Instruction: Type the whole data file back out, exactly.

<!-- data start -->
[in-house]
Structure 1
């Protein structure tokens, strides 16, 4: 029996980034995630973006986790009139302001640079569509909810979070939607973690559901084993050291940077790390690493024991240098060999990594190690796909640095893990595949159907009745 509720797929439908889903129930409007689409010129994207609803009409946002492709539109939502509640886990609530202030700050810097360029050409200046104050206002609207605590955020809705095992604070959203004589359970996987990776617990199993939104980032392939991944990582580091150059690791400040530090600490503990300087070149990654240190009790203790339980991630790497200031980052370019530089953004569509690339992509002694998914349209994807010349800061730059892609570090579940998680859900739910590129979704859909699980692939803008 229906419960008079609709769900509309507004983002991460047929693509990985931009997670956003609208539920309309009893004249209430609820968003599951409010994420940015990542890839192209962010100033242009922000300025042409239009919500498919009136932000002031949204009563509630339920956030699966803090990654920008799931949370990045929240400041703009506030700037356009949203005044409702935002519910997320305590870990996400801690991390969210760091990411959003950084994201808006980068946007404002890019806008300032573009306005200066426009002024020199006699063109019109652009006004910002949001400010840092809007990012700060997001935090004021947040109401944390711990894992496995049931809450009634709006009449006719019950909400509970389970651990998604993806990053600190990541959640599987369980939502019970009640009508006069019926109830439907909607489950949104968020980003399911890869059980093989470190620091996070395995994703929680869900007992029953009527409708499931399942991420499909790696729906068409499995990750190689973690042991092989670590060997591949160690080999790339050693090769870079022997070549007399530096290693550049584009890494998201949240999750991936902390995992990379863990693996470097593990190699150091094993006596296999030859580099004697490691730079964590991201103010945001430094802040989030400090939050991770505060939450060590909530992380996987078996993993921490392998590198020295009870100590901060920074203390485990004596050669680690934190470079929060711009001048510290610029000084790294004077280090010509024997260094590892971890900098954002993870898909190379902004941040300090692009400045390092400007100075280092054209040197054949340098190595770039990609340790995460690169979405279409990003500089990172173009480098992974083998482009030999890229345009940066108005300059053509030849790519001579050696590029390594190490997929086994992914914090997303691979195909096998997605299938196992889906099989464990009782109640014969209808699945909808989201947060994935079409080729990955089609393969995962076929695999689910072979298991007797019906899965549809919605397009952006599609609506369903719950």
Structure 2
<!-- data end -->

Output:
[in-house]
Structure 1
């Protein structure tokens, strides 16, 4: 029996980034995630973006986790009139302001640079569509909810979070939607973690559901084993050291940077790390690493024991240098060999990594190690796909640095893990595949159907009745 509720797929439908889903129930409007689409010129994207609803009409946002492709539109939502509640886990609530202030700050810097360029050409200046104050206002609207605590955020809705095992604070959203004589359970996987990776617990199993939104980032392939991944990582580091150059690791400040530090600490503990300087070149990654240190009790203790339980991630790497200031980052370019530089953004569509690339992509002694998914349209994807010349800061730059892609570090579940998680859900739910590129979704859909699980692939803008 229906419960008079609709769900509309507004983002991460047929693509990985931009997670956003609208539920309309009893004249209430609820968003599951409010994420940015990542890839192209962010100033242009922000300025042409239009919500498919009136932000002031949204009563509630339920956030699966803090990654920008799931949370990045929240400041703009506030700037356009949203005044409702935002519910997320305590870990996400801690991390969210760091990411959003950084994201808006980068946007404002890019806008300032573009306005200066426009002024020199006699063109019109652009006004910002949001400010840092809007990012700060997001935090004021947040109401944390711990894992496995049931809450009634709006009449006719019950909400509970389970651990998604993806990053600190990541959640599987369980939502019970009640009508006069019926109830439907909607489950949104968020980003399911890869059980093989470190620091996070395995994703929680869900007992029953009527409708499931399942991420499909790696729906068409499995990750190689973690042991092989670590060997591949160690080999790339050693090769870079022997070549007399530096290693550049584009890494998201949240999750991936902390995992990379863990693996470097593990190699150091094993006596296999030859580099004697490691730079964590991201103010945001430094802040989030400090939050991770505060939450060590909530992380996987078996993993921490392998590198020295009870100590901060920074203390485990004596050669680690934190470079929060711009001048510290610029000084790294004077280090010509024997260094590892971890900098954002993870898909190379902004941040300090692009400045390092400007100075280092054209040197054949340098190595770039990609340790995460690169979405279409990003500089990172173009480098992974083998482009030999890229345009940066108005300059053509030849790519001579050696590029390594190490997929086994992914914090997303691979195909096998997605299938196992889906099989464990009782109640014969209808699945909808989201947060994935079409080729990955089609393969995962076929695999689910072979298991007797019906899965549809919605397009952006599609609506369903719950």
Structure 2